Yay! minor_architect and kagetsume came to visit!
Yay! minor_architect and kagetsume came to visit!
*spins around until dizzy, falls down*
Sophrani and Kage arrived late Friday night, just after Lut had gone to bed. I'd already made up the futon for them, in hideous but cozy yellow flannel sheets with pears on them. (The design was "pears and leaves", not flowers, as I originally thought.). Kage said he'd rather have had uncomfortable but attractive sheets. I stuck my tongue out at him. Fortunately, Sophrani agreed with me that comfort was more important than appearance on this count.
We stayed up an hour and a half or so, talking and exchanging gifts. Sophrani got me a bottle of raspberry viniagrette from Biltmore Estates (mmm!) and Kage, two boxes of maple sugar candy, both of which I've eaten already. (Mmm!) And they both got me a dehumidifier. Yay! It is, even as I type, busy in my basement, duking it out with my humidfier. No, not really; the humidfier is set to 35% and the dehumidifier to 45%, so they shouldn't be engaged in a death match. (May the best appliance win!) The dehumidifier has been busily sucking water out of the basement air, though. It's got a place where a hose can be attached, so that instead of dehumidfying to a bucket, it'd pour directly into the sump pump. Gotta get a short hose to hook up to it.
Sherri also came on Friday afternoon to dump fill dirt down against the east wall.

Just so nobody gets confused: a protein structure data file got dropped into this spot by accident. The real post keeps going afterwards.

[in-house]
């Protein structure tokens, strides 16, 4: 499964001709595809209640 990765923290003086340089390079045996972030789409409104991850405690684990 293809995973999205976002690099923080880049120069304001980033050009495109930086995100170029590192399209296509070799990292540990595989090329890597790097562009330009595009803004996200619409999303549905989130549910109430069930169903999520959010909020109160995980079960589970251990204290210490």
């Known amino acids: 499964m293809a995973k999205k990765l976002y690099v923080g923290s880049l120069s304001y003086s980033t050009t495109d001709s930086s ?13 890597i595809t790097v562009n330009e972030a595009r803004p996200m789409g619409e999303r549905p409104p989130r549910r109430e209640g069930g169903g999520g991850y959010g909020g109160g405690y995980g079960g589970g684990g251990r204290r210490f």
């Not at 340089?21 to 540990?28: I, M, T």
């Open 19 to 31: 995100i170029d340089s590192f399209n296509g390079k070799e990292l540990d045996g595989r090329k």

Saturday, I made French toast for breakfast, then Kage, Sophrani, and I went out to see the Toy and Miniature museum. (Lut wasn't interested.) The musuem has a whole lot of neat toys (mostly doll houses and furniture, but also a room for model railroads, and one for marbles, and one for the "Gene Mitchell" doll, which is an upscale fashion doll) and miniatures. One of the miniature scenes was of an old-fashioned doctor's office, with all kinds of little pieces of medical equipment in the main room -- a jar full of tongue depressors, tiny scalpel, little bottles of drugs, vials, etc. The back room was the doctor's bedroom. He collected stamps, rather messily -- there was an open stamp book and itty-bitty stamps on the page and falling onto the floor. And a pack of tiny cards. The amount of detail was amazing. We talked about how much jordangreywolf and boingdragon would've enjoyed it. :)
After a few hours at the museum, we got lunch at a Chinese place nearby, where Kage and I entertained Sophrani by wrestling over the check. ("Give it to me!" "No!" "KHANNNN!") Kage won. Darn his reach.
Then we went to the World Market across the street. This wasn't far from where Lut and I used to live, but it had only been there for a year or so and Lut and I had never been. They had an eclectic selection of foodstuff, toys, and home furnishings, mostly in styles from assorted other parts of the world. They carried maple sugar candy, so now I know where to get more, having run out again already. Stuff doesn't last long around me. :9 They had a portable kitchen island which was a good size and shape for my kitchen, but they only had it in blond wood, and my kitchen cabinets and paneling are all dark, so it would've clashed. I'll probably go back in a few months and see if dark wood has come back in style yet. :)
After the World Market trip, we hit the supermarket for Coke and other staples, then went home, toting Chinese food (by now unfortunately cold) for Lut. It had started raining, rather hard, by the time we left World Market, and the leaky areas of the basement had (once again) puddled up. So the fill dirt hasn't made much difference, at least so far. It may be that Sherri didn't use enough -- she works mostly with planting, not construction, so she probably hasn't done much grading work.